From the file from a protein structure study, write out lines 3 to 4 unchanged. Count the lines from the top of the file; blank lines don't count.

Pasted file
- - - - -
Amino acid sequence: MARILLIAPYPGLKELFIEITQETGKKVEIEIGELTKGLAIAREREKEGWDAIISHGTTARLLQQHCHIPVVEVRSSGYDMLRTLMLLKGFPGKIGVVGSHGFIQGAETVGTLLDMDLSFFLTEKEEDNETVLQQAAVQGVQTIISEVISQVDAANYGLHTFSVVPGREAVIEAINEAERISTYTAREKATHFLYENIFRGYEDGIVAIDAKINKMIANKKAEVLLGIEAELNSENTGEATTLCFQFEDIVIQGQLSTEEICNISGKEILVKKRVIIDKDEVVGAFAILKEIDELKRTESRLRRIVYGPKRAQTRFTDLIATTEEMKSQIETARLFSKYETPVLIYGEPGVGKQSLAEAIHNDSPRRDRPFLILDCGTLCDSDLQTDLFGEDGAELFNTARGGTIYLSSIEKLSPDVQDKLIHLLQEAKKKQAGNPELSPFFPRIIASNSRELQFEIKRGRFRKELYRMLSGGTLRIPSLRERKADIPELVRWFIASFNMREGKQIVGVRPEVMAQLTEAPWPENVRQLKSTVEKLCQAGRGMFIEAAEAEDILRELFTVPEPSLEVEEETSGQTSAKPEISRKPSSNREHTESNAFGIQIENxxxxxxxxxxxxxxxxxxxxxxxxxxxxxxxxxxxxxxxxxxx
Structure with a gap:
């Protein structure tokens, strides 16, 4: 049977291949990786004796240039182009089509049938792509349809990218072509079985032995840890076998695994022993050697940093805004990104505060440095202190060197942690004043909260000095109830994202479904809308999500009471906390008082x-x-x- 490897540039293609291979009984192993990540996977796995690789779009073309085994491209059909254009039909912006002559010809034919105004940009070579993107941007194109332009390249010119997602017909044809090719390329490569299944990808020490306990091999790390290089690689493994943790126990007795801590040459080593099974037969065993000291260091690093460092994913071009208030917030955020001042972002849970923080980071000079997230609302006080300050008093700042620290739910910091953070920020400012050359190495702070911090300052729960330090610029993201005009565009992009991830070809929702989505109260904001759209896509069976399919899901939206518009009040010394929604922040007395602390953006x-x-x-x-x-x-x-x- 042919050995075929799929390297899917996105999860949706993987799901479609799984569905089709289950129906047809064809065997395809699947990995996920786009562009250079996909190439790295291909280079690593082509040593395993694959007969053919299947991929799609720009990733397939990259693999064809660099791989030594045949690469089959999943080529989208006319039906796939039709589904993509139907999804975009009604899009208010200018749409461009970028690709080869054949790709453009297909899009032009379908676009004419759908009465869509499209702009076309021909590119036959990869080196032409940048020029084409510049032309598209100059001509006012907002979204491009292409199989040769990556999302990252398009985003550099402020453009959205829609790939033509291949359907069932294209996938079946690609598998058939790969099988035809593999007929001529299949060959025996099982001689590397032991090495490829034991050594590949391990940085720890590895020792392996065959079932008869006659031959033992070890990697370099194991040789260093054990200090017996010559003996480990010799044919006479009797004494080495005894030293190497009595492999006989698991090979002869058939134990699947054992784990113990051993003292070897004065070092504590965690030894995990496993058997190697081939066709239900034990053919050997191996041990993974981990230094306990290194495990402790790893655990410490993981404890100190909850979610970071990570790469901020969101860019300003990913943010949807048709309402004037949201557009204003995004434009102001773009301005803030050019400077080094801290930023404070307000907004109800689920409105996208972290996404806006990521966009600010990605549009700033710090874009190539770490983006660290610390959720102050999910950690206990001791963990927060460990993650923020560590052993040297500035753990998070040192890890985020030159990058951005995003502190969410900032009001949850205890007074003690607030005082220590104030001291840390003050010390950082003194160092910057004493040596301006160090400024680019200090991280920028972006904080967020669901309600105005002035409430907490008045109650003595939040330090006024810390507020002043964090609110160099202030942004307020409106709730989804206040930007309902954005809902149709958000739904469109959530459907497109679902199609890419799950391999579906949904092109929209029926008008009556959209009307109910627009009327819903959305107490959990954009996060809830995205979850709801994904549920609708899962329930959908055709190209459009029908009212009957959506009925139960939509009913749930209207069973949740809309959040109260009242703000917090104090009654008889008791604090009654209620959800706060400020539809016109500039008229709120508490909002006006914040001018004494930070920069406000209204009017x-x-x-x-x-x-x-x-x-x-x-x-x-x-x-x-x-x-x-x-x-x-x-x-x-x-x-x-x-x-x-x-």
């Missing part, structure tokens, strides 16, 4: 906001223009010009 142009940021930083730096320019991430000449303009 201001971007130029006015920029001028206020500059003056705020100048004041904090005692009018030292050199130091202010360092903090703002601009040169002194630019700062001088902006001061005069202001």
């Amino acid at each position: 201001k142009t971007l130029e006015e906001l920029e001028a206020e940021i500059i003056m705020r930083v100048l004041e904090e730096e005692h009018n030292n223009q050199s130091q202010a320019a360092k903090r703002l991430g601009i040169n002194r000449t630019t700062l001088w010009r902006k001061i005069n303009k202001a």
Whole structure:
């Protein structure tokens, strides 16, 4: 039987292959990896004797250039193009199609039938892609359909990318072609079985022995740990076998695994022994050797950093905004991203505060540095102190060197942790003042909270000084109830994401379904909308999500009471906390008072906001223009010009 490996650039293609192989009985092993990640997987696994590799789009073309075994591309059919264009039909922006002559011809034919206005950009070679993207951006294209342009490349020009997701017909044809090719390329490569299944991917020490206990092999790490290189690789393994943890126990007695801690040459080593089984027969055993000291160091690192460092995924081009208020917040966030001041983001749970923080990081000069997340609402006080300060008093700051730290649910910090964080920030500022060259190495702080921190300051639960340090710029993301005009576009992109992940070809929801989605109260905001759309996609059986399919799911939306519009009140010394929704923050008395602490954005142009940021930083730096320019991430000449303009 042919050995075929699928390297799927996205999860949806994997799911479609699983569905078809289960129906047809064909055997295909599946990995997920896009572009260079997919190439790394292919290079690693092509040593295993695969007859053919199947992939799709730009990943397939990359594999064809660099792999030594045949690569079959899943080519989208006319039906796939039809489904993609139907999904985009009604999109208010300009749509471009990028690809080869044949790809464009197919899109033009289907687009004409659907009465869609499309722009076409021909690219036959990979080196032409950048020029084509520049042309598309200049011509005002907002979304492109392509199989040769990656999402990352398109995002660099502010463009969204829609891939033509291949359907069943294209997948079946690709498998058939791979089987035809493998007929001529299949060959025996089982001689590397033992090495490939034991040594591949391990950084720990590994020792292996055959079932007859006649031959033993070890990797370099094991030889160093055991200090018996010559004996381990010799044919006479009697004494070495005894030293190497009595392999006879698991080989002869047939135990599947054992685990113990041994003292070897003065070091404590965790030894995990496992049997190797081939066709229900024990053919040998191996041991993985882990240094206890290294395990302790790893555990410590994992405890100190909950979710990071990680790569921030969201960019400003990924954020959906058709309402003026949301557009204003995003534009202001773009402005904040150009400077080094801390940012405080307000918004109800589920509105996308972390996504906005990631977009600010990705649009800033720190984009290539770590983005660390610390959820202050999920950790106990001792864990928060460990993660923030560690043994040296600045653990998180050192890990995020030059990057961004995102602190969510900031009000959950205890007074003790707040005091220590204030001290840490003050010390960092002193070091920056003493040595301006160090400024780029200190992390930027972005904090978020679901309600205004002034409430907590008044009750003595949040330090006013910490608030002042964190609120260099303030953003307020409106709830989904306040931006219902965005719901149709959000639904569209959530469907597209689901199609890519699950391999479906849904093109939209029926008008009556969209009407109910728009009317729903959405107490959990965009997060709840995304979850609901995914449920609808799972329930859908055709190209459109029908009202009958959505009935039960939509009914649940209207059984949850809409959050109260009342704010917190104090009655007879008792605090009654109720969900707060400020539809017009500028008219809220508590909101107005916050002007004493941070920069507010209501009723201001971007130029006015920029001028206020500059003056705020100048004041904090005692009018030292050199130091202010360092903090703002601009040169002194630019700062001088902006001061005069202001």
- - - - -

């Protein structure tokens, strides 16, 4: 049977291949990786004796240039182009089509049938792509349809990218072509079985032995840890076998695994022993050697940093805004990104505060440095202190060197942690004043909260000095109830994202479904809308999500009471906390008082x-x-x- 490897540039293609291979009984192993990540996977796995690789779009073309085994491209059909254009039909912006002559010809034919105004940009070579993107941007194109332009390249010119997602017909044809090719390329490569299944990808020490306990091999790390290089690689493994943790126990007795801590040459080593099974037969065993000291260091690093460092994913071009208030917030955020001042972002849970923080980071000079997230609302006080300050008093700042620290739910910091953070920020400012050359190495702070911090300052729960330090610029993201005009565009992009991830070809929702989505109260904001759209896509069976399919899901939206518009009040010394929604922040007395602390953006x-x-x-x-x-x-x-x- 042919050995075929799929390297899917996105999860949706993987799901479609799984569905089709289950129906047809064809065997395809699947990995996920786009562009250079996909190439790295291909280079690593082509040593395993694959007969053919299947991929799609720009990733397939990259693999064809660099791989030594045949690469089959999943080529989208006319039906796939039709589904993509139907999804975009009604899009208010200018749409461009970028690709080869054949790709453009297909899009032009379908676009004419759908009465869509499209702009076309021909590119036959990869080196032409940048020029084409510049032309598209100059001509006012907002979204491009292409199989040769990556999302990252398009985003550099402020453009959205829609790939033509291949359907069932294209996938079946690609598998058939790969099988035809593999007929001529299949060959025996099982001689590397032991090495490829034991050594590949391990940085720890590895020792392996065959079932008869006659031959033992070890990697370099194991040789260093054990200090017996010559003996480990010799044919006479009797004494080495005894030293190497009595492999006989698991090979002869058939134990699947054992784990113990051993003292070897004065070092504590965690030894995990496993058997190697081939066709239900034990053919050997191996041990993974981990230094306990290194495990402790790893655990410490993981404890100190909850979610970071990570790469901020969101860019300003990913943010949807048709309402004037949201557009204003995004434009102001773009301005803030050019400077080094801290930023404070307000907004109800689920409105996208972290996404806006990521966009600010990605549009700033710090874009190539770490983006660290610390959720102050999910950690206990001791963990927060460990993650923020560590052993040297500035753990998070040192890890985020030159990058951005995003502190969410900032009001949850205890007074003690607030005082220590104030001291840390003050010390950082003194160092910057004493040596301006160090400024680019200090991280920028972006904080967020669901309600105005002035409430907490008045109650003595939040330090006024810390507020002043964090609110160099202030942004307020409106709730989804206040930007309902954005809902149709958000739904469109959530459907497109679902199609890419799950391999579906949904092109929209029926008008009556959209009307109910627009009327819903959305107490959990954009996060809830995205979850709801994904549920609708899962329930959908055709190209459009029908009212009957959506009925139960939509009913749930209207069973949740809309959040109260009242703000917090104090009654008889008791604090009654209620959800706060400020539809016109500039008229709120508490909002006006914040001018004494930070920069406000209204009017x-x-x-x-x-x-x-x-x-x-x-x-x-x-x-x-x-x-x-x-x-x-x-x-x-x-x-x-x-x-x-x-």
């Missing part, structure tokens, strides 16, 4: 906001223009010009 142009940021930083730096320019991430000449303009 201001971007130029006015920029001028206020500059003056705020100048004041904090005692009018030292050199130091202010360092903090703002601009040169002194630019700062001088902006001061005069202001």